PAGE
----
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Khazaradze to launch a public movement – is it a good thing?

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TBC Bank’s founder and chairman Mamuka Khazaradze announced he is launching a public movement in September. What does this mean for Georgia’s politics?

Civil.ge’s Jaba Devdariani and Ted Jonas got together – via social media – to discuss.

Jaba Devdariani: Some say we are witnessing the birth of Oligarchic pluralism with Khazaradze’s announcement, how do you look at it, Ted?

Ted Jonas: I expect a business party will be to the right of my personal politics on socio-economic issues. But I think this is an extremely positive development, if it provides a haven for business to break from the current government and become active in the political process of protecting the liberal basis of the state – rule of law, independent and non-corrupt courts, protection of human and civil rights, secularism – and a Western orientation in foreign policy. The only way to dislodge Bidzina Ivanishvili and the Georgian Dream (GD) is for business to break from them, and I hope that’s what Khazaradze’s announcement means.

There is a need and there is space for a left-right liberal coalition in Georgia, on the basic issues I mentioned, even though the different ideological components of that coalition should compete against each other and offer voters a real variety of ideological and policy choices in elections. But while being in agreement on the basic framework of pro-Western orientation, secularism and rights, and parliamentary democracy.

JD: But would not you rather see as natural if the political parties were taking the lead, with businessmen in a support role, rather than in charge? Or is this a testimony of the general crisis of the party system in Georgia?

TJ: We definitely have a crisis in the party system in this country: you have the GD, the United National Movement (UNM), the fascist movements, and the liberal center is weak. Khazaradze can help strengthen the liberal center, and bring in money and votes to ease out the current government. It can reinforce the competitive political system in a way that will help the smaller liberal parties, both left and right, to survive and compete.

JD: Talking of liberal center, I have read the tenor of Khazaradze’s message as being liberal-conservative, perhaps close to what Georgian Dream under Kvirikashvili’s government was preaching. I’m afraid taking a stance which is slightly better than what we have now might not be good enough for the people who are protesting in Tbilisi now.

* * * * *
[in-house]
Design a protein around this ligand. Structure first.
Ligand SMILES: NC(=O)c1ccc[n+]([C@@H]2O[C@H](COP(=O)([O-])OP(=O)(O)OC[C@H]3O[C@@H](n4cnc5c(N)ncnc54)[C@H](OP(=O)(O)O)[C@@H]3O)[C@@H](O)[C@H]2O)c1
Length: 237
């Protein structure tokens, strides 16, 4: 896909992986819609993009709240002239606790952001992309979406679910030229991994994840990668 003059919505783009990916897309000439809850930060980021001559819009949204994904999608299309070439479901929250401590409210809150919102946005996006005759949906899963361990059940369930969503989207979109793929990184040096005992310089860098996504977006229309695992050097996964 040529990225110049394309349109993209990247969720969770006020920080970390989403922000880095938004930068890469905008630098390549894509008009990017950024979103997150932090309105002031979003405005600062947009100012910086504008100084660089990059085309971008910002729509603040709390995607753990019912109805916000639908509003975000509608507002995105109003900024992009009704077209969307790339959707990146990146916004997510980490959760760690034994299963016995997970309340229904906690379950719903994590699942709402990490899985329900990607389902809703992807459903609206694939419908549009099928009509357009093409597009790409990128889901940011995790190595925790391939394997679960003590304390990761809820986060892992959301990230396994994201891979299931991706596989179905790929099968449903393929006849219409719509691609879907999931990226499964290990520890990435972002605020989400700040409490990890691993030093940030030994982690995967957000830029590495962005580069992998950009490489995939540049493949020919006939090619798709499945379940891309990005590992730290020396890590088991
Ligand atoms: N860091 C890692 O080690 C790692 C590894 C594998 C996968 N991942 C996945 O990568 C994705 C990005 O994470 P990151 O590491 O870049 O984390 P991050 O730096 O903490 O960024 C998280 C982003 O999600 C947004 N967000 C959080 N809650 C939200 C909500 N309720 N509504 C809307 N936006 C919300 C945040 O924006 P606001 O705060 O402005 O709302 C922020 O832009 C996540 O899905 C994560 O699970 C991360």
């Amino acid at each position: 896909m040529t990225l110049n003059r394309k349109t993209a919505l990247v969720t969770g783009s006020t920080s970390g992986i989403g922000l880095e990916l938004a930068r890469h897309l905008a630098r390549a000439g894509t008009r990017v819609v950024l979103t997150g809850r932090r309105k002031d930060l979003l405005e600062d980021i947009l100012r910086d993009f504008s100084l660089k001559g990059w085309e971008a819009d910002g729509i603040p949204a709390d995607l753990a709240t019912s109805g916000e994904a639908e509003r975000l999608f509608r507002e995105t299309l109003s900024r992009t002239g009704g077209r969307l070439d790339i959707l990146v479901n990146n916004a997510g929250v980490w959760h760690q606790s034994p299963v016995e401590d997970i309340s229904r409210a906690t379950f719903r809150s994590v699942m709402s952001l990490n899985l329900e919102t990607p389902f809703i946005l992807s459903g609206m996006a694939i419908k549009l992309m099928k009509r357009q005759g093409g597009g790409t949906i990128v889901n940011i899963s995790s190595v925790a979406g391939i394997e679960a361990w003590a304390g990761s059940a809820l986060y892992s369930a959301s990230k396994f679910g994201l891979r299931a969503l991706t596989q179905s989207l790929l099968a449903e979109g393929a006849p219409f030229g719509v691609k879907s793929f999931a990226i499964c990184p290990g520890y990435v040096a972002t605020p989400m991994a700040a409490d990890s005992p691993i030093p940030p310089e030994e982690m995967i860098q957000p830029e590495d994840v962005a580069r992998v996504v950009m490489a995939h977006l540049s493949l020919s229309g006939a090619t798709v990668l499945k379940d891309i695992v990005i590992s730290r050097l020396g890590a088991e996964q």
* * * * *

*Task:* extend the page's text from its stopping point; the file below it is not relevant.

TJ: We’re in a very bad place right now, politically, per my previous comment. A stalemate, with everyone spinning wheels. If this future movement is committed to be independent of the current ruling party, and committed to the basic set of Western values I’ve outlined above, it can be a lifeline out of the current impasse. Like I said, it won’t necessarily be my party, but I am glad to have them show up.

JD: In my mind, Khazaradze’s movement risks being to Georgian Dream what European Georgia is to UNM – a break away from radicalizing core, but not a qualitative transformation. Under the current circumstances that can be a welcome development, but surely not a breakthrough.

TJ: Well, let us see. I prefer for the moment to consider the positive possibilities of it than to retreat into cynicism. I have actually been saying for some time – since June 20 – that I hoped some key business leaders would break from the current government and start a centrist party. The only thing that surprises me is that it actually happened!

It won’t surprise me at all if they bring in Kvirkashvili, and I think anti-GD people should not dismiss that out of hand. We need to build a coalition in this country to support the democratic and liberal values that are threatened today by the GD, the UNM and the fascists. This is an important step in that direction, and we should be in the mode to cooperate with it and build on it.